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Connect.Parkinson: Connecting Individuals With Parkinson Disease to Specialists in Their Homes

This study has been completed.
Sponsor:
Collaborators:
Patient-Centered Outcomes Research Institute
National Parkinson Foundation
Information provided by (Responsible Party):
Ray Dorsey, University of Rochester
ClinicalTrials.gov Identifier:
NCT02038959
First received: January 8, 2014
Last updated: December 1, 2016
Last verified: December 2016
  Purpose

Connect.Parkinson is a randomized comparative effectiveness study, comparing usual care enhanced with educational materials to usual care, educational materials, and the delivery of specialty care via telemedicine into patient's homes. The study's specific aims are the following:

  1. To demonstrate the feasibility of using telemedicine to deliver specialty care into the homes of individuals with Parkinson disease who have limited access to care;
  2. To show that such an approach can improve quality of life;
  3. To establish that the telemedicine can enhance the quality of care; and
  4. To demonstrate that this remote approach to care saves time, reduces travel, and decreases care partner burden.

Condition Intervention
Parkinson Disease Other: Virtual Visits

Study Type: Interventional
Study Design: Allocation: Randomized
Intervention Model: Parallel Assignment
Masking: Single Blind (Outcomes Assessor)
Primary Purpose: Health Services Research
Official Title: Using Technology to Deliver Multi-disciplinary Care to Individuals With Parkinson Disease in Their Homes: the Connect.Parkinson Study

Resource links provided by NLM:


Further study details as provided by Ray Dorsey, University of Rochester:

Primary Outcome Measures:
  • Feasibility of Virtual Visits for Parkinson Disease [ Time Frame: One year ]
    Feasibility of virtual visits will be determined by the number of participants who complete at least one virtual visit successfully.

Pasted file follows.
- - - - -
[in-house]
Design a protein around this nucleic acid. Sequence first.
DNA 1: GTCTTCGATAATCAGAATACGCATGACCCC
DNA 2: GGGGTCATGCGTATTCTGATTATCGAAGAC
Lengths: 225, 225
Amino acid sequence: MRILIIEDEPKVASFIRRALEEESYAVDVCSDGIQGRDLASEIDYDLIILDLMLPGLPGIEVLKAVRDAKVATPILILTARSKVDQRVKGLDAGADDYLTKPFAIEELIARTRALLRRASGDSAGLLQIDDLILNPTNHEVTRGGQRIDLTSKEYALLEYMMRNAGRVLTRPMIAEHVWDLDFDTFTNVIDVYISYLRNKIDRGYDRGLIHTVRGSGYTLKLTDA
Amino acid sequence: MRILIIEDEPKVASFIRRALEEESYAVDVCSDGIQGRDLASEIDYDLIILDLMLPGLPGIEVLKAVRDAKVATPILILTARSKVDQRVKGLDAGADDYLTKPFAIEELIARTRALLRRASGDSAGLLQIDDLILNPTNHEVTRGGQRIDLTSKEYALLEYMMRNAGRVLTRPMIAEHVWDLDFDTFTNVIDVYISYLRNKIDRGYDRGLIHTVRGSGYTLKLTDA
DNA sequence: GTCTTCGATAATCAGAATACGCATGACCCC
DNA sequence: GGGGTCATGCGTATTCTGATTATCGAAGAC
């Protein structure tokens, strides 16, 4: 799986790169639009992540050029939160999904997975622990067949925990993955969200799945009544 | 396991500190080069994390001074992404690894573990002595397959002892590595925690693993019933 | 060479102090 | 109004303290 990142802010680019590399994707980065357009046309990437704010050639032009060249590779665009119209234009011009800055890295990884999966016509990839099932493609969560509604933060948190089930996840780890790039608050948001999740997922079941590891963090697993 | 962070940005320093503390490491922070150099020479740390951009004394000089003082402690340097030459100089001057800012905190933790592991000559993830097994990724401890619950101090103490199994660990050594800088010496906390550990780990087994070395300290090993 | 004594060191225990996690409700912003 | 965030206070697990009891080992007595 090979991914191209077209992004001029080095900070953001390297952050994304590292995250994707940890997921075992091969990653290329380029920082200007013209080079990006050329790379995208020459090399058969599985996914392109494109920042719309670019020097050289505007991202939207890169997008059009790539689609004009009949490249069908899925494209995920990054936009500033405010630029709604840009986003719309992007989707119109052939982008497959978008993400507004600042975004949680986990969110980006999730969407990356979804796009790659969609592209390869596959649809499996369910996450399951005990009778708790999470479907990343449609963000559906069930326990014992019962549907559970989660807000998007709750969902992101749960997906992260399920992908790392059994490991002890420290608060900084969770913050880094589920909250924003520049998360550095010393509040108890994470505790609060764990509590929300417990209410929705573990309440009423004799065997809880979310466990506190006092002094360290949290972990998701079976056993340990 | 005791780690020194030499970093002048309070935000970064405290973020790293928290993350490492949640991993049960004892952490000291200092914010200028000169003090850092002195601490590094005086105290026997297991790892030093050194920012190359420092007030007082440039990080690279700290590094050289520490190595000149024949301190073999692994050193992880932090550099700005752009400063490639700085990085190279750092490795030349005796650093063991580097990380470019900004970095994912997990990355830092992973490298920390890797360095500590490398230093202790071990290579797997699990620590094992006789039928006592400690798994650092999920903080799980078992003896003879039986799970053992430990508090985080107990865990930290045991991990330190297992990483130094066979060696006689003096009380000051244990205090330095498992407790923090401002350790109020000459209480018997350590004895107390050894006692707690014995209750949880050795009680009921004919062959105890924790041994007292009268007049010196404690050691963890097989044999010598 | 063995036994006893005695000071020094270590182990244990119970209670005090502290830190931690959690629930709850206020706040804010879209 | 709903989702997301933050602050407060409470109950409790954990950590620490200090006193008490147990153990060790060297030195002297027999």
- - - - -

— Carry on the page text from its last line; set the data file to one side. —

• Change From Baseline in the Quality of Life Measured by Parkinson Disease Questionnaire 39 [ Time Frame: Baseline to One year ]
    Assessed as the change in quality of life, measured by the Parkinson Disease Questionnaire 39 (PDQ-39). The PDQ-39 is a 39-item self-report questionnaire, which assesses Parkinson's disease-specific health related quality over the last month. Assesses how often patients experience difficulties across the 8 quality of life dimensions. Assesses impact of Parkinson's Disease (PD) on specific dimensions of functioning and well-being. The score ranges from 0-100 with lower scores reflecting better quality of life.


Secondary Outcome Measures:
  • Change in EQ-5D Index Value [ Time Frame: baseline to one year ]
    EuroQol five dimensions questionnaire (EQ-5D) is a standardized instrument for measuring generic health status. Health status is measured in terms of five dimensions (5D); mobility, self-care, usual activities, pain/discomfort, and anxiety/depression. The scale ranges from 11111 to 55555 with higher numbers indicating worse health status. The five-digit descriptors are converted to EQ-5D Index Values, which range from -0.109 (corresponding to 55555, the worst possible health) to 1.000 (corresponding to 11111, the best possible health).

  • Change in Montreal Cognition Assessment [ Time Frame: baseline to one year ]
    We will assess changes in cognition from baseline to the end of the study using the Montreal Cognitive Assessment (MoCA), administered remotely. The scale ranges from 0-30 with higher numbers indicating better cognition.

  • Change in Parkinson Disease Rating Scale (MDS-UPDRS) Part IA [ Time Frame: baseline to one year ]
    Parkinson disease clinical characteristics will be assessed by a physician independent rater, blinded to treatment group, at baseline and at the conclusion of the study, using the Movement Disorder Society Unified Parkinson Disease Rating Scale (MDS-UPDRS). Part I concerns nonmotor experiences of daily living. The scale ranges from 0 to 24 with higher numbers indicated more severe disease.

  • Change in Patient Assessment of Chronic Illness Care [ Time Frame: baseline to one year ]
    We will assess change in the perceived quality of care using the Patient Assessment of Chronic Illness Care (PACIC). Each scale is scored by averaging the items completed within that scale, and the overall PACIC is scored by averaging scores across all 20 items. The scale ranges from 1-5 with higher scores indicating better care by the health team.

  • Minutes Spend on Last Parkinson's Disease Provider Visit [ Time Frame: One year ]
  • Change in Parkinson Disease Rating Scale (MDS-UPDRS) Part IB [ Time Frame: baseline to one year ]